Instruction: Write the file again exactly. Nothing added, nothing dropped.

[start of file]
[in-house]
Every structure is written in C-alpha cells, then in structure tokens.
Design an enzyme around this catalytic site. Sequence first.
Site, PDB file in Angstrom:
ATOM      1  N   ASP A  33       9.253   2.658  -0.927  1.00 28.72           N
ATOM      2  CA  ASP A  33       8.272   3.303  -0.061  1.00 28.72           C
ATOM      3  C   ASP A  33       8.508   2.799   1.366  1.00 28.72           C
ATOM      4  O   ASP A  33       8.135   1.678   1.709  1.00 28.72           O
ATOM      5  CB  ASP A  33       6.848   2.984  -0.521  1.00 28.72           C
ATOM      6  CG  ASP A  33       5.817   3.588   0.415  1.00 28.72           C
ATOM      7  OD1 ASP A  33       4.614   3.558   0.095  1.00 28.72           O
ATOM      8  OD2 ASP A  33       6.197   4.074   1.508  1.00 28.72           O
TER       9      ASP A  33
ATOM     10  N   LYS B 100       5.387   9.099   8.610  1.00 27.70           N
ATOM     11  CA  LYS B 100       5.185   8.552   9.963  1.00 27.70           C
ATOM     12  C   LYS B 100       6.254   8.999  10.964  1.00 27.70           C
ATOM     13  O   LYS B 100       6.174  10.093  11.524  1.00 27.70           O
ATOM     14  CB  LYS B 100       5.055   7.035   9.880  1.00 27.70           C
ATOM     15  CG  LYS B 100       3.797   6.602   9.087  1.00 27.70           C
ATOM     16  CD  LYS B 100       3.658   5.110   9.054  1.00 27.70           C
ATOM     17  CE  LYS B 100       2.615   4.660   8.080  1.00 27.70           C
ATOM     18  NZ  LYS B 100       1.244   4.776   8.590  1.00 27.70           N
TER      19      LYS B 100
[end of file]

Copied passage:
[in-house]
Every structure is written in C-alpha cells, then in structure tokens.
Design an enzyme around this catalytic site. Sequence first.
Site, PDB file in Angstrom:
ATOM      1  N   ASP A  33       9.253   2.658  -0.927  1.00 28.72           N
ATOM      2  CA  ASP A  33       8.272   3.303  -0.061  1.00 28.72           C
ATOM      3  C   ASP A  33       8.508   2.799   1.366  1.00 28.72           C
ATOM      4  O   ASP A  33       8.135   1.678   1.709  1.00 28.72           O
ATOM      5  CB  ASP A  33       6.848   2.984  -0.521  1.00 28.72           C
ATOM      6  CG  ASP A  33       5.817   3.588   0.415  1.00 28.72           C
ATOM      7  OD1 ASP A  33       4.614   3.558   0.095  1.00 28.72           O
ATOM      8  OD2 ASP A  33       6.197   4.074   1.508  1.00 28.72           O
TER       9      ASP A  33
ATOM     10  N   LYS B 100       5.387   9.099   8.610  1.00 27.70           N
ATOM     11  CA  LYS B 100       5.185   8.552   9.963  1.00 27.70           C
ATOM     12  C   LYS B 100       6.254   8.999  10.964  1.00 27.70           C
ATOM     13  O   LYS B 100       6.174  10.093  11.524  1.00 27.70           O
ATOM     14  CB  LYS B 100       5.055   7.035   9.880  1.00 27.70           C
ATOM     15  CG  LYS B 100       3.797   6.602   9.087  1.00 27.70           C
ATOM     16  CD  LYS B 100       3.658   5.110   9.054  1.00 27.70           C
ATOM     17  CE  LYS B 100       2.615   4.660   8.080  1.00 27.70           C
ATOM     18  NZ  LYS B 100       1.244   4.776   8.590  1.00 27.70           N
TER      19      LYS B 100